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The Trace-Fossil Record of Major Evolutionary Events, Volume 2: Mesozoic and Cenozoic addresses major evolutionary changes that took place during the Mesozoic and the Cenozoic. These include discussions on major evolutionary radiations and ecological innovations on land and at sea, such as the Mesozoic marine revolution, the Mesozoic radiation of vertebrates, the Mesozoic lacustrine revolution, the Cenozoic radiation of mammals, the evolution of paleosol biotas, and the evolution of hominins. The roles of mass extinctions at the end of the Triassic and at the end of the Cretaceous are assessed.
This volume set provides innovative reviews of the major evolutionary events in the history of life from an ichnologic perspective. Because the long temporal range of trace fossils has been commonly emphasized, biogenic structures have been traditionally overlooked in macroevolution. However, comparisons of ichnofaunas through geologic time do reveal the changing ecology of organism-substrate interactions. The use of trace fossils in evolutionary paleoecology represents a new trend that is opening a window for our understanding of major evolutionary radiations and mass extinctions. Trace fossils provide crucial evidence for the recognition of spatial and temporal patterns and processes associated with paleoecologic breakthroughs.
1. The end-Triassic mass extinction
2. The Mesozoic marine revolution
3. The Mesozoic vertebrate radiation
4. The Mesozoic lacustrine revolution
5. The end-Cretaceous mass extinction
6. The Phanerozoic four revolutions and the evolution of paleosol ichnofacies
7. The Cenozoic evolution of mammals
8. The evolution of hominids
9. Recurrent patterns and processes: The macroevolutionary significance of ichnology
Gabriela Mángano got her PhD at the University of Buenos Aires. Since 2004, she is with the University of Saskatchewan (Canada), where she is a Professor. Gabriela's research interests are in the field of animal substrate interactions (Ichnology) and their significance in evolutionary paleoecology. During the last years, she has been particularly interested on the trace fossils associated with Burgess Shale-type deposits, having done research in Burgess Shale and Sirius Passet, among other sites. She is the author of three books, has edited three special publications and is the author of approximately 170 scientific papers. She is at the Editorial Board of a number of journals, such as Journal of Paleontology, Palaios, Paleontologia Electronica and Ameghiniana.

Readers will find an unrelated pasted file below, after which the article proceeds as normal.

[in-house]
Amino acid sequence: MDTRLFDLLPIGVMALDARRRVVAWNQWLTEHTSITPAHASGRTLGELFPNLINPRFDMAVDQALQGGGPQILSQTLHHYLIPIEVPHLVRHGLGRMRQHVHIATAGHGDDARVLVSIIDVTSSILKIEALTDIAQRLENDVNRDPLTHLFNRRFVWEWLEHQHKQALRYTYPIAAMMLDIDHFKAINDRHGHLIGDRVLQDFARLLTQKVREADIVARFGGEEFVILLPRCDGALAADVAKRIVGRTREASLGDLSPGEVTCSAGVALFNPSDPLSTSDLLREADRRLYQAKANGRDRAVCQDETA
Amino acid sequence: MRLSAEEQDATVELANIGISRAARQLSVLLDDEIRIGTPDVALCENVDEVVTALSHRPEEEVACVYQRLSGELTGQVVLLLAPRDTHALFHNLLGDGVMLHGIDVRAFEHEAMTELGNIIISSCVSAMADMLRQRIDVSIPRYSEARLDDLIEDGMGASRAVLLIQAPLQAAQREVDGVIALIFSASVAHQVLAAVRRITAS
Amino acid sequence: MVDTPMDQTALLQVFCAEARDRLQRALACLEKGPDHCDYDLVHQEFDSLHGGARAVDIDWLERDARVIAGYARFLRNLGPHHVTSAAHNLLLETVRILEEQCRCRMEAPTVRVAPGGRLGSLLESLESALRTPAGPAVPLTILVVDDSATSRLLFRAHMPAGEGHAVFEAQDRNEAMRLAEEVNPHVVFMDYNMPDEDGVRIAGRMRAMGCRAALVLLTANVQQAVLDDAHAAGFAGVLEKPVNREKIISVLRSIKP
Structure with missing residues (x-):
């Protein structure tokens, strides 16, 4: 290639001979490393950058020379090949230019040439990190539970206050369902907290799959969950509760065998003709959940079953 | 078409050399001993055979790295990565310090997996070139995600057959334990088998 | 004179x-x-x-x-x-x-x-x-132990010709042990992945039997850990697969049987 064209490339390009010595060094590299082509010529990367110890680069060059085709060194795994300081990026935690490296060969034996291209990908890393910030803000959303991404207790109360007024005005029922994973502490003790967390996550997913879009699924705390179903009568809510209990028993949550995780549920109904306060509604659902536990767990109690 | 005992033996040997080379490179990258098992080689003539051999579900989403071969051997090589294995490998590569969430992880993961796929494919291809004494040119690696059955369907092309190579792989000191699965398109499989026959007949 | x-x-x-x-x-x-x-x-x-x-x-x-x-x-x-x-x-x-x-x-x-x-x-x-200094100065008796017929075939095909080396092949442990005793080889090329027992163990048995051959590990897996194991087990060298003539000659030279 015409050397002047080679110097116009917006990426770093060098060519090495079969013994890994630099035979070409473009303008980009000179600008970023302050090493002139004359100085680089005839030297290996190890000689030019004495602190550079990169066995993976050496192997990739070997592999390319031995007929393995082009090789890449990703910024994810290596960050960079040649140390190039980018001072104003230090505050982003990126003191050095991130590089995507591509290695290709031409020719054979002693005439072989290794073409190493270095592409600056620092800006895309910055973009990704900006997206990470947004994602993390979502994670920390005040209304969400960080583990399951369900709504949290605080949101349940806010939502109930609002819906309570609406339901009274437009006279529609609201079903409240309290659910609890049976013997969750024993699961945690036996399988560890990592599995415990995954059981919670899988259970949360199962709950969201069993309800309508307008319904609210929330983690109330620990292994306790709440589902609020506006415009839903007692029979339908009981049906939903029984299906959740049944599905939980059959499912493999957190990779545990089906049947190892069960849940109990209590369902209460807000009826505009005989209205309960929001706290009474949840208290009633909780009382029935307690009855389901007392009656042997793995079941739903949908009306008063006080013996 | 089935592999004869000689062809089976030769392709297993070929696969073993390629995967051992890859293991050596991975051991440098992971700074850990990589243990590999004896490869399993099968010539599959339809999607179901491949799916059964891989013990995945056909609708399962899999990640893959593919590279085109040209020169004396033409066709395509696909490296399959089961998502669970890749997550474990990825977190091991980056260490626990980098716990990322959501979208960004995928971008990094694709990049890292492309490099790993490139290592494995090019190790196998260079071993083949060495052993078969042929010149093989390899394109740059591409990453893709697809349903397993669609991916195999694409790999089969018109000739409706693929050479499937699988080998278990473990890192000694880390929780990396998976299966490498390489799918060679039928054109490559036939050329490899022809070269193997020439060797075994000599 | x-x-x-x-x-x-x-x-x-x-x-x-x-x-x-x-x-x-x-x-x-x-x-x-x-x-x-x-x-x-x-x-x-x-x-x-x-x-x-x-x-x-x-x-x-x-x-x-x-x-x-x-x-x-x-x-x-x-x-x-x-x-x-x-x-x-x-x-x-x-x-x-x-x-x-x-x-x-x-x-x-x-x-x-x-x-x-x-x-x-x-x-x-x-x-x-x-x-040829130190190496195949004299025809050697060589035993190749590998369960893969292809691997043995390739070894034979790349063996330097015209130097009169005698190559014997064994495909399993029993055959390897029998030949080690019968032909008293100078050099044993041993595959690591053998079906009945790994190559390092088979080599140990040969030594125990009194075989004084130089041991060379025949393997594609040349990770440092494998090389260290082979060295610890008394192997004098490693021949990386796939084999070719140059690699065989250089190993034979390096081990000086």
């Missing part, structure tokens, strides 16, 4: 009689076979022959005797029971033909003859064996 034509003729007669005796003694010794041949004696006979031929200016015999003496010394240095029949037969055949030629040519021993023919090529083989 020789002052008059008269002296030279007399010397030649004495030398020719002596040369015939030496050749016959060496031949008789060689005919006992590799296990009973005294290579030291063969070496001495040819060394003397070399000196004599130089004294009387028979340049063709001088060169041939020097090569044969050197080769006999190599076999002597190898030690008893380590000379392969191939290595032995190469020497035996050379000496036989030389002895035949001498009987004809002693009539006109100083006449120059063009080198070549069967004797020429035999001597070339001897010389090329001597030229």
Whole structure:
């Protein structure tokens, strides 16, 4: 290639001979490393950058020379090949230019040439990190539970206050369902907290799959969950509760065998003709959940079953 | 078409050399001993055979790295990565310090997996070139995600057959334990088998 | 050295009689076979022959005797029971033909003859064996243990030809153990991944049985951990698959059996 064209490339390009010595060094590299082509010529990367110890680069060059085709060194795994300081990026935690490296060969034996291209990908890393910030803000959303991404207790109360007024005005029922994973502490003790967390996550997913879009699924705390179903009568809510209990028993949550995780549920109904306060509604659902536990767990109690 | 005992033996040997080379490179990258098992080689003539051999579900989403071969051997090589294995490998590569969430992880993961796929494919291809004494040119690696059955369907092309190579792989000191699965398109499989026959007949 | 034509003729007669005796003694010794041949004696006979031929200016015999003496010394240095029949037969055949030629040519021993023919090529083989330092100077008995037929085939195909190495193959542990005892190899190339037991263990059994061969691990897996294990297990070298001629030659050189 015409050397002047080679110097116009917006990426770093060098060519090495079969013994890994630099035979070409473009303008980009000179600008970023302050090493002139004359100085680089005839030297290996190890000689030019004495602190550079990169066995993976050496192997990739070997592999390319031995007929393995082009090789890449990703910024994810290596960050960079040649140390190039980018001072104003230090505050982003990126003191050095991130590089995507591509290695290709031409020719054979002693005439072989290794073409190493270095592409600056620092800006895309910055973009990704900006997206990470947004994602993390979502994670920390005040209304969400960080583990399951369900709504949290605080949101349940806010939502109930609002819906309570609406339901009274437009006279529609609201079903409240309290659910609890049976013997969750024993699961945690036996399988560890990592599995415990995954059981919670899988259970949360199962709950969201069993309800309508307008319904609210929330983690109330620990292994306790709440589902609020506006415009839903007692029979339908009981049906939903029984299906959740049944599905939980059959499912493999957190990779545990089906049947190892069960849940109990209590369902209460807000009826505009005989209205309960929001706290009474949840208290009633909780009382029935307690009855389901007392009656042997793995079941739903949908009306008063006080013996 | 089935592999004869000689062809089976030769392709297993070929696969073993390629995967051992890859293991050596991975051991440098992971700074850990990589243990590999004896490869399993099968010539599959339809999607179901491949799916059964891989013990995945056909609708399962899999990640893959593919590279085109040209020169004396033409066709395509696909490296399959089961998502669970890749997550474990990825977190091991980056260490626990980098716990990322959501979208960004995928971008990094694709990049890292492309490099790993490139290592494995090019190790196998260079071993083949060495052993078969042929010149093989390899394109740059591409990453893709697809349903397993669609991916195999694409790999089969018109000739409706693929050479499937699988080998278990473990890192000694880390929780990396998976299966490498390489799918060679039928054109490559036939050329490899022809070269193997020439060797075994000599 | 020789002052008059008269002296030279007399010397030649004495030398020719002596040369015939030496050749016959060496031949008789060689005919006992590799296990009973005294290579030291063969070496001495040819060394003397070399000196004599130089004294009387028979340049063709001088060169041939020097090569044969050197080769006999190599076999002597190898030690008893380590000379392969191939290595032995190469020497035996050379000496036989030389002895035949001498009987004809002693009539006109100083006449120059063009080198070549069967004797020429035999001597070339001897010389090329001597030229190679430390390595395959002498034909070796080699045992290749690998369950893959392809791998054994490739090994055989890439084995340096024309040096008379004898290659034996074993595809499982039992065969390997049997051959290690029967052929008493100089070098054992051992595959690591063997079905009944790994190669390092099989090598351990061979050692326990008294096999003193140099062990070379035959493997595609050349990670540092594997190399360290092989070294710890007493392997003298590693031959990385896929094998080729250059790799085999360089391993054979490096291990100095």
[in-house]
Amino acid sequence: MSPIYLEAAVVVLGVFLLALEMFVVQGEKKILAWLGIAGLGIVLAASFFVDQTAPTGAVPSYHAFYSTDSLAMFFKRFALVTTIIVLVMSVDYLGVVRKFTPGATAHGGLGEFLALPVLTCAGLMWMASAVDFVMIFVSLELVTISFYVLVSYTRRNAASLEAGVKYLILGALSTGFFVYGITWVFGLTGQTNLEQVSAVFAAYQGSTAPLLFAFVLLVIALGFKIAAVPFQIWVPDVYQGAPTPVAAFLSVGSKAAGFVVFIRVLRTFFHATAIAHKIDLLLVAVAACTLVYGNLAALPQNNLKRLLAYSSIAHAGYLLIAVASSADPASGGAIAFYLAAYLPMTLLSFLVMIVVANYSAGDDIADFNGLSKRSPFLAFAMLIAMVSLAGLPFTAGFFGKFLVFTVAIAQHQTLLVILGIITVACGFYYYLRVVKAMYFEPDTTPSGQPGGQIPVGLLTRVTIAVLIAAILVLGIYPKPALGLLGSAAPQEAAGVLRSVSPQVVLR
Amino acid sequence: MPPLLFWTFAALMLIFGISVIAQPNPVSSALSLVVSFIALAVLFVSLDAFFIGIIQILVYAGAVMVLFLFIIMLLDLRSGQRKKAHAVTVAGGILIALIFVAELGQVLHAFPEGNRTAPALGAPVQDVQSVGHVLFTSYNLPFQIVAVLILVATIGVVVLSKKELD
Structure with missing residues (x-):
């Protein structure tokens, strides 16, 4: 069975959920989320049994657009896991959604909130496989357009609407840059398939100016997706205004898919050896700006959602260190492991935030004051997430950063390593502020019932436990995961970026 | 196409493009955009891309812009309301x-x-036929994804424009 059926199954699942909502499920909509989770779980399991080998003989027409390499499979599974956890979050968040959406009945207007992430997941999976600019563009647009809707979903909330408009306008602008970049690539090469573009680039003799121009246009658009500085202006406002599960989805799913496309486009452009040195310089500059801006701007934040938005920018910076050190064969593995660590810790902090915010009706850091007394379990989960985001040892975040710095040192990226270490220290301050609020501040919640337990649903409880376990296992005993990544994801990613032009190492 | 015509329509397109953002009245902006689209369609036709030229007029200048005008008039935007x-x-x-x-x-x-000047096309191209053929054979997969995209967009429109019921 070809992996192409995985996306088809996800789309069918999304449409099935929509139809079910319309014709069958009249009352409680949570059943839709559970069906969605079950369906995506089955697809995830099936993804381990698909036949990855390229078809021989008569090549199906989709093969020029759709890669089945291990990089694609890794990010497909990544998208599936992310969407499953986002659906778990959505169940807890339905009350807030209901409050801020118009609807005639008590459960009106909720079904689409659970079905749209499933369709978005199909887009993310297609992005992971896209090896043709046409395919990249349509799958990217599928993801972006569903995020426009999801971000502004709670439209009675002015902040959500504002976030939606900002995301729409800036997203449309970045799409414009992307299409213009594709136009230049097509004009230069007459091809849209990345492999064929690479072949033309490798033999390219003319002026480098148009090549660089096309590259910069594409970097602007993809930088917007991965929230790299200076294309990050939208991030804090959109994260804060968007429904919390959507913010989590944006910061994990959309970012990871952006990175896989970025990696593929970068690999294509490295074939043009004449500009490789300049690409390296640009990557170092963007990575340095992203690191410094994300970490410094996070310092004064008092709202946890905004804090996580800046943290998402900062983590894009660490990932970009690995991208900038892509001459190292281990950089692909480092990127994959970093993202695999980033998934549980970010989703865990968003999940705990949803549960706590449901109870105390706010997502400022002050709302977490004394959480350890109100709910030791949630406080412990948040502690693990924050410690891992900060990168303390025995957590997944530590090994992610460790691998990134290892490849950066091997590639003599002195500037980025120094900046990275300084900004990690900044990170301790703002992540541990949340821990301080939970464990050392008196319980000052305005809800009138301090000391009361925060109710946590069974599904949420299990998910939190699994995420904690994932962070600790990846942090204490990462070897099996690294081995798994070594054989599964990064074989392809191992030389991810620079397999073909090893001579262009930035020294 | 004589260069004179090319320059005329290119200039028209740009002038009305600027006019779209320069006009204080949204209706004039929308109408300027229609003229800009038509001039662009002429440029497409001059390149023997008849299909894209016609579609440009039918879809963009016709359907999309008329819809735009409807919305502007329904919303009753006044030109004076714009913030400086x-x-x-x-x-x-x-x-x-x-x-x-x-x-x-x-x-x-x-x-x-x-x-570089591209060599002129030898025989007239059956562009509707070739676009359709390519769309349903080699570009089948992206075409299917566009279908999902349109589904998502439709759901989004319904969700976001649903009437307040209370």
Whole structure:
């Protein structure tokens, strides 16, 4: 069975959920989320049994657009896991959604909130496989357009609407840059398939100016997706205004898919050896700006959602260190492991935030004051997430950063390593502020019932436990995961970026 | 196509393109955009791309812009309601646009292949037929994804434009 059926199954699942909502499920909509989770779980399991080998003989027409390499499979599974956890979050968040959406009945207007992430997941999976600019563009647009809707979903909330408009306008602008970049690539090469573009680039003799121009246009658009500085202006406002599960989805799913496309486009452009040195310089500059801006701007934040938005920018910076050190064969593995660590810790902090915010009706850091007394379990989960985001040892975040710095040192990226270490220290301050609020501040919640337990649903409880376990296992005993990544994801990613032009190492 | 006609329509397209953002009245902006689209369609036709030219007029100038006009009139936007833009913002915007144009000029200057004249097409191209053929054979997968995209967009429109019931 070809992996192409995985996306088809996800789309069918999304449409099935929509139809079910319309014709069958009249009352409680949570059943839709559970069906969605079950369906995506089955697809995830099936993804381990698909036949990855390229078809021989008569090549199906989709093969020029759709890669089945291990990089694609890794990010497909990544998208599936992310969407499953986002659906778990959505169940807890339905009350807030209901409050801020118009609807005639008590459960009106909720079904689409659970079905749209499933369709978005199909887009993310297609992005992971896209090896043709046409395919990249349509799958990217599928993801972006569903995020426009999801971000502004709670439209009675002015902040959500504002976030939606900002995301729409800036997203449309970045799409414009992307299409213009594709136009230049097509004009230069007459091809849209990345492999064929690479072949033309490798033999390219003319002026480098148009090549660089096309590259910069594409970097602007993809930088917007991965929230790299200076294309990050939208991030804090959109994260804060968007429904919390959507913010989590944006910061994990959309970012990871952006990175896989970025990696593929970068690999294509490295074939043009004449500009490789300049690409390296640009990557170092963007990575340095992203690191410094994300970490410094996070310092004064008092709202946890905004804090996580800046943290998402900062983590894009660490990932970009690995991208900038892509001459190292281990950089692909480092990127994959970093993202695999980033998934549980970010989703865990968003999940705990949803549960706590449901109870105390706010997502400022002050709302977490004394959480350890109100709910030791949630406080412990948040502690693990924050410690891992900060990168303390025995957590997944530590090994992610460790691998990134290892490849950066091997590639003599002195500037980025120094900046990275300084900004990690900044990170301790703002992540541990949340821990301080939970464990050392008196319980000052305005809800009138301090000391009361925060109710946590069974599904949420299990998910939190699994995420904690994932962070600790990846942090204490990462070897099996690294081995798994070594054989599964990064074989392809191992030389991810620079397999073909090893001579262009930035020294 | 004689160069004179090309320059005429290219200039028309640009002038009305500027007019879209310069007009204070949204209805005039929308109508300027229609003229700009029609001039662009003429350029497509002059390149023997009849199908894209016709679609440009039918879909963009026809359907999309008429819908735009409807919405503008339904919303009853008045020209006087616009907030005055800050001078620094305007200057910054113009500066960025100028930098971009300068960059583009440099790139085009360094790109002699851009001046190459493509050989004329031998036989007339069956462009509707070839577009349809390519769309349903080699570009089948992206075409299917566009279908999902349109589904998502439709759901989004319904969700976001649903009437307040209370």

Luis Buatois obtained his PhD at the University of Buenos Aires and is a Professor at the University of Saskatchewan (Canada) since 2004, specializing in paleoenvironmental, stratigraphic, and evolutionary aspects of ichnology. He has been Vice-President of the International Palaeontological Association and President of the International Ichnological Association. Luis has published five books, edited three journal special issues, and is the author of over 200 scientific papers. He is also a member of the editorial board of a number of journals, including Lethaia, Sedimentary Geology, Marine and Petroleum Geology, Ichnos, Ameghiniana, Latin American Journal of Sedimentology and Basin Analysis and Spanish Journal of Paleontology.